Skip to main content

Prevention of zoonotic tissue cyst formation in sheep using live attenuated and parapoxvirus vector based vaccines against Toxoplasma gondii

Final Report Summary - TOXPOX (Prevention of zoonotic tissue cyst formation in sheep using live attenuated and parapoxvirus vector based vaccines against Toxoplasma gondii)

Toxoplasma gondii is one of the most successful parasites worldwide, able to infect all warm blooded animals and people. Livestock reared for food consumption may have T. gondii cysts in their tissues which pose a risk to people consuming meat from infected animals. In the EU, most human infections are due to consumption of undercooked meat containing T. gondii cysts. Vaccination of food animals to prevent/reduce Toxoplasma tissue cyst formation would be highly effective in reducing the disease burden in humans. The only commercially available vaccine against toxoplasmosis in sheep, Toxovax, prevents congenital disease in lambs but the effect of vaccination on tissue cyst development has not been studied. An issue when using live vaccines is that there may be a risk of the vaccine strain reverting back to wild-type and causing disease in animals or humans, although it is recognized that live vaccines are effective in inducing protective Th-1 type immune responses. In this project we are interested to develop a vaccine using selected T. gondii antigens and explore the efficacy of delivering the vaccine using viral vectors. We hope that such a strategy will enable the development of a safe vaccine with the ability to stimulate specific, protective cell-mediated immune responses.

The project focussed on the development and testing of recombinant virus vectors to deliver T. gondii antigens in vivo to stimulate specific protective immune responses. Two different virus vector systems were evaluated. The project was technically rather challenging which impeded progress towards the ultimate aim which was to test the vaccine delivery strategy in sheep. Nevertheless, several important outputs were achieved within the project.

The main research outputs from the project are:

• Preparation and evaluation of transfer vectors for construction of recombinant pox viruses (ORF) containing SAG1, ROP2, GRA7 and AMA1
• Successful construction of recombinant ORFV expressing Toxoplasma gondii GRA7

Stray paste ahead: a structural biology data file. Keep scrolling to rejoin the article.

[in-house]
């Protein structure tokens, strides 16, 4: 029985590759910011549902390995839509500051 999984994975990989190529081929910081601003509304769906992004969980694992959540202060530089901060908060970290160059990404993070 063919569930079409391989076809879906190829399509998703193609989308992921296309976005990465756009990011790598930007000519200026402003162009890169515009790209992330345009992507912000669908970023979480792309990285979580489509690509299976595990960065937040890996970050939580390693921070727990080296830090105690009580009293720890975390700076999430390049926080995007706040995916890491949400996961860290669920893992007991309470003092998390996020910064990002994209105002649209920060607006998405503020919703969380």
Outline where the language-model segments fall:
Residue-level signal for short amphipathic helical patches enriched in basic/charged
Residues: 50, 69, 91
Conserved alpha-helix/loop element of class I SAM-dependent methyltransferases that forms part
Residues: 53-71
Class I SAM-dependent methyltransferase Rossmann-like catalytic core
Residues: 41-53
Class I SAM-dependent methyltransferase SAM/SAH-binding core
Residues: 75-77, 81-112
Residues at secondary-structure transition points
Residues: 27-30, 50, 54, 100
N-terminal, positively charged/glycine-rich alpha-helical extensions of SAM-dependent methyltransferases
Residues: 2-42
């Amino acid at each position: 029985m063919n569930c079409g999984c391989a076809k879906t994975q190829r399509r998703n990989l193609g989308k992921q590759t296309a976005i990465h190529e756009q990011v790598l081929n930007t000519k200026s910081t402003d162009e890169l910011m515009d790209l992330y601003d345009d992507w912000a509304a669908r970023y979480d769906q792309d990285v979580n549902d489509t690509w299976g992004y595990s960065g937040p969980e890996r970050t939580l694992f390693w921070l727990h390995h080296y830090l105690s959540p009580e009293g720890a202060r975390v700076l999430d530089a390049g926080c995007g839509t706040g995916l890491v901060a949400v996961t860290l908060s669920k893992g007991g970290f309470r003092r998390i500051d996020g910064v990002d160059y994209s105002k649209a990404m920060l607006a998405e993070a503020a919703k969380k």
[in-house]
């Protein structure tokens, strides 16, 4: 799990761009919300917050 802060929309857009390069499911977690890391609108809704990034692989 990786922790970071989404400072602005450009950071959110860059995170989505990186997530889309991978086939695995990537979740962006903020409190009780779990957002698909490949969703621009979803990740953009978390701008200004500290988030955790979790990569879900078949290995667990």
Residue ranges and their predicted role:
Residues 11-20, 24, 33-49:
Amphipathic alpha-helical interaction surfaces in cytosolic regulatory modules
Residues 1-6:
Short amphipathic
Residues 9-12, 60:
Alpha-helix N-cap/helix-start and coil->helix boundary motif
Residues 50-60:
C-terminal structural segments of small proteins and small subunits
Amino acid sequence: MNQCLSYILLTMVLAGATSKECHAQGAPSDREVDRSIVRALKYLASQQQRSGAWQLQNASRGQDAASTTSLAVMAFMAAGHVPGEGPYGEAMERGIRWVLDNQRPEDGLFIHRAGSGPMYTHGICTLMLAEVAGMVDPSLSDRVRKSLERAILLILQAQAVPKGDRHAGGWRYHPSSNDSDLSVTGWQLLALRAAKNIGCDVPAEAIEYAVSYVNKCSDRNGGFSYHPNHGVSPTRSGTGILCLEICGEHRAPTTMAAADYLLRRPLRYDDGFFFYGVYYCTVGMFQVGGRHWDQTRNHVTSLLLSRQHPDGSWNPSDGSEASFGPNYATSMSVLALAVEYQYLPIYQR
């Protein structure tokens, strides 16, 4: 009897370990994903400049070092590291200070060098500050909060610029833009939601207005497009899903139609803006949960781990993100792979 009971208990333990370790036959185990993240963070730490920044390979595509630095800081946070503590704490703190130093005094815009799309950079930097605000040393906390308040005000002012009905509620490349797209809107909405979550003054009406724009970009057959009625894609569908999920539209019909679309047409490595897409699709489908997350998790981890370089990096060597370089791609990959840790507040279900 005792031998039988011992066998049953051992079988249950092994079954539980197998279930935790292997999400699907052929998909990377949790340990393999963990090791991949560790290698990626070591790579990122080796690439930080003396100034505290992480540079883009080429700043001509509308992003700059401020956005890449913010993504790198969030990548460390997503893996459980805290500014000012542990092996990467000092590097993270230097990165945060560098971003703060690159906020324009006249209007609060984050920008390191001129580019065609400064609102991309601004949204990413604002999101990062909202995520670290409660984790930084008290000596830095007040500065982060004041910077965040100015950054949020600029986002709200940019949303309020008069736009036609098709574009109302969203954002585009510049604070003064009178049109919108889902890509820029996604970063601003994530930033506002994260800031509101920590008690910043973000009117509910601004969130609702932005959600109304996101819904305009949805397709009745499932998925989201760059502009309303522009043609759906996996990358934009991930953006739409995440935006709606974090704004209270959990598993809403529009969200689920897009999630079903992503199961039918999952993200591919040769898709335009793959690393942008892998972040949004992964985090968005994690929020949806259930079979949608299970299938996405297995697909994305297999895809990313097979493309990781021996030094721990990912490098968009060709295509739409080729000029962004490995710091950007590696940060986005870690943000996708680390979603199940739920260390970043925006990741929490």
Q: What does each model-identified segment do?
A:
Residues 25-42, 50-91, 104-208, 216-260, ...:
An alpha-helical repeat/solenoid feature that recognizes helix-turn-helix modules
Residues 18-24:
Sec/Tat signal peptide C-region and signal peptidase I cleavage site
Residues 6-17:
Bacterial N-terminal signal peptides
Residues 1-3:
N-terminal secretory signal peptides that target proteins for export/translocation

• Preparation and evaluation of transfer vectors for production of recombinant lentiviruses (MVV) containing SAG1, ROP2, GRA7 and AMA1, expression has been successfully confirmed for GRA7 and AMA1
• The recombinant virus contruct MVV-GRA7 has been successful in inducing a specific antibody response to T. gondii GRA7 following immunization in mice

Impacts of the project:

The project achieved the successful preparation of recombinant viral contructs using both pox viruses and lentiviruses expressing selected T. gondii antigens. Immunisation of mice with the recombinant viruses did result in induction of specific antibody responses showing that the approach had some efficacy and would be worth pursuing with the long term aim of producing a safe and effective vaccine against T. gondii tissue cysts in food animals.

The research fellow conducting the work on this project has gained many additional skills in molecular virology and immunology. These new skills, as well as working in a different country/environment has provided her with new contacts and wider recognition in the field and will enhance her career opportunities. She has been successful in securing further employment continuing research on Toxoplasma directly following on from her post-doctoral fellowship period at Moredun Research Institute.

In addition, she and collaborators at Moredun and various other European institutes have been successful in acquiring new competitive EFSA funding for further research on T. gondii in food animal. The research contacts brought together in Europe as a result of this fellowship award have enabled the development of a new European network group combining expertise in veterinary and public health to help tackle the significant problem of toxoplasmosis. The researcher also took part in a TRANSVAC training course in vaccine development; was part of a European Food safety Authority working group, attended and presented at several conferences and produced research papers during her project.

The outputs from the project have improved our understanding of the development and use of viral vectors to help deliver specific antigens to immunise animals against infectious pathogens. The new collaborations established as a result of the project have enabled the group to obtian further research funding from EFSA to help continue the work on toxoplasmosis in food animals in Europe and will help to consolidate the research partnerships formed during the TOXPOX project.